Andrés Hueso, WaterAid’s Policy Analyst – Sanitation, asks whether India’s new Prime Minister can eliminate open defecation by 2019.
“Has it ever pained us that our mothers and sisters have to defecate in the open?”
With these words, the new Indian Prime Minister Narendra Modi pushed sanitation up the hierarchy of national concerns. Using the solemn speech in the annual commemoration of the Independence Day, Modi announced a new campaign to eliminate open defecation – the practice of people relieving themselves in the open – by the 150th anniversary of Gandhi’s birth in 2019.
Modi’s ongoing display of political commitment around sanitation is crucial in a country that houses over 60% of the world’s open defecators. The unhealthy environments resulting from 600 million people defecating in the open have terrible health impacts, which are borne especially by children: nearly half (48%) of under fives are stunted and over 200,000 die yearly from diarrhoea – unparalleled figures compared to countries with similar income levels. Open defecation also has broader impacts on the wellbeing of the country as a whole, affecting education, income, gender, equity and dignity.
His speech also has the potential to galvanise the efforts of politicians and administrators, shaking up a bureaucratic system which has historically neglected sanitation. I witnessed this for myself during my visit to India last month; I have been keeping track of rural sanitation in India for some years now, and I observed an unprecedented level of interest in and prioritisation of rural sanitation among the government officers I met.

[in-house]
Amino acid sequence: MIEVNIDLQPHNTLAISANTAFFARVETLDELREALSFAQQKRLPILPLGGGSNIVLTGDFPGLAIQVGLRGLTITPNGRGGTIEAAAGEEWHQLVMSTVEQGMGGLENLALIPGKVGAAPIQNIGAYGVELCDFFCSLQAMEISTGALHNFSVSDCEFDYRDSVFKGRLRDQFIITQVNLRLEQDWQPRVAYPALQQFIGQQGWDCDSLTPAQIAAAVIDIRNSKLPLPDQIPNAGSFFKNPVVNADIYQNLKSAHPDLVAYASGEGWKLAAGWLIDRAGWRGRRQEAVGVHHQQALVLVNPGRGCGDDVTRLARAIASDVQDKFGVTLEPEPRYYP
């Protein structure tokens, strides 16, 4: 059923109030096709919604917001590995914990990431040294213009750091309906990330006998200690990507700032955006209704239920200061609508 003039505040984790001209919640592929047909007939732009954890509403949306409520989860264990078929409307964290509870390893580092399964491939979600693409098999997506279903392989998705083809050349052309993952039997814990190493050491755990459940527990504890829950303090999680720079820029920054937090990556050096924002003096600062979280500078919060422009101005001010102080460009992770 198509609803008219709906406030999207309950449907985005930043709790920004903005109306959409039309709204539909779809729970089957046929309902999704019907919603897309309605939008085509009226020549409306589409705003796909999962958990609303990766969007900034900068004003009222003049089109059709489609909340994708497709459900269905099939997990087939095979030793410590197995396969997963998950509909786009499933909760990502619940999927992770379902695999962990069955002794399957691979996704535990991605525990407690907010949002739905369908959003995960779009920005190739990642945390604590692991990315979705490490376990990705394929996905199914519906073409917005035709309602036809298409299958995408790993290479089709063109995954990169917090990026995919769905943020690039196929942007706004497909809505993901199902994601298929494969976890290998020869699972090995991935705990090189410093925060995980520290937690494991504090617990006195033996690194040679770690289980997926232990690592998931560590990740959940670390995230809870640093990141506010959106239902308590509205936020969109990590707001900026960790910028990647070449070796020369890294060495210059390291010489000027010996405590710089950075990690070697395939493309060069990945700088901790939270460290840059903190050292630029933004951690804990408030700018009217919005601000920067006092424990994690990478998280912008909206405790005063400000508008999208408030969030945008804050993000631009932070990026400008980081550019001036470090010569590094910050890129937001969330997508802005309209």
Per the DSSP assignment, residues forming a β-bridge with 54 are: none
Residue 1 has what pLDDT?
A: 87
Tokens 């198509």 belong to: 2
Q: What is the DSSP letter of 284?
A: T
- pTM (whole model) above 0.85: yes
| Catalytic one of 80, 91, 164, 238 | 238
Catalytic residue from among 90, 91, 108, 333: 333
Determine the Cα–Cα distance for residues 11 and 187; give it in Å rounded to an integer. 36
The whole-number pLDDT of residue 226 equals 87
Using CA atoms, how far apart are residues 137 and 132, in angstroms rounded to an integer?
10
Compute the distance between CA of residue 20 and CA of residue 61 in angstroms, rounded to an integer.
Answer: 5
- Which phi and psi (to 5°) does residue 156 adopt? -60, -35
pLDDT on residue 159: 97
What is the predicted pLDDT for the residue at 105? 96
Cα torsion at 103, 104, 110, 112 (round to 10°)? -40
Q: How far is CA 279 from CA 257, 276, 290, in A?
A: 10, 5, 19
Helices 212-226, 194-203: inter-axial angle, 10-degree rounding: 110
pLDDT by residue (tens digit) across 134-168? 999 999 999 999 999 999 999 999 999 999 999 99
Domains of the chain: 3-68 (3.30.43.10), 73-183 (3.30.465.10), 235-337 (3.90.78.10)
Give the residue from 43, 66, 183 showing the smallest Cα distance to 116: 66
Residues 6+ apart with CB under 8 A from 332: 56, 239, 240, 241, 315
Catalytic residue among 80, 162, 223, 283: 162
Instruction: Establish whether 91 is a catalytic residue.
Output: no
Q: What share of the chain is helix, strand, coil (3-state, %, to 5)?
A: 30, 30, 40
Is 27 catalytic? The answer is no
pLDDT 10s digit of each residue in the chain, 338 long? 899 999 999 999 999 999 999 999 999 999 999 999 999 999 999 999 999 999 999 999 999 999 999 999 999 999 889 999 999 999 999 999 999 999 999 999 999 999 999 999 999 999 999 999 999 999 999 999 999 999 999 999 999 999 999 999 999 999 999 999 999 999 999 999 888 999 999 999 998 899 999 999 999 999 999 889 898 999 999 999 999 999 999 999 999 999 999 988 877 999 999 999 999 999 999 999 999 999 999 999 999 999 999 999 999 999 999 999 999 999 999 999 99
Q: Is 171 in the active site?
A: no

The key question now is the direction in which the sanitation campaign will evolve. Over the past years, India has implemented well-funded sanitation campaigns that failed terribly. The census shows that total numbers of open defecators in rural India actually increased by over 40 million between 2001 and 2011. Will the lessons from these failures be taken into account?
A need for behavioural change
The main lesson in my view is that better sanitation is not about building toilets but about people’s behaviour. If someone doesn’t feel the need to change their sanitary practices, government will spend millions on building toilets – if at all – that simply won’t be used and will soon fall into disrepair. Making the sanitation campaign behaviour-focused is not a simple task; you need more and better trained human resources at local levels, citizens’ involvement, smart targets and good monitoring systems, as well as room for experimentation and learning; but above all, you need a change of mindset of politicians, officials, the media and the public.
The language used so far by Modi remains steadfastly focused on “building toilets”, and initial measures taken consist of renewed pressure to achieve unrealistically high targets of toilet construction. But if significant change is to happen, Modi will have to navigate himself and the Indian bureaucracy through the contradiction between the ambitious infrastructure targets he has set himself, and against which he will be judged, and the imperative of revamping the sanitation campaign – which would inevitably lead to initial slow progress.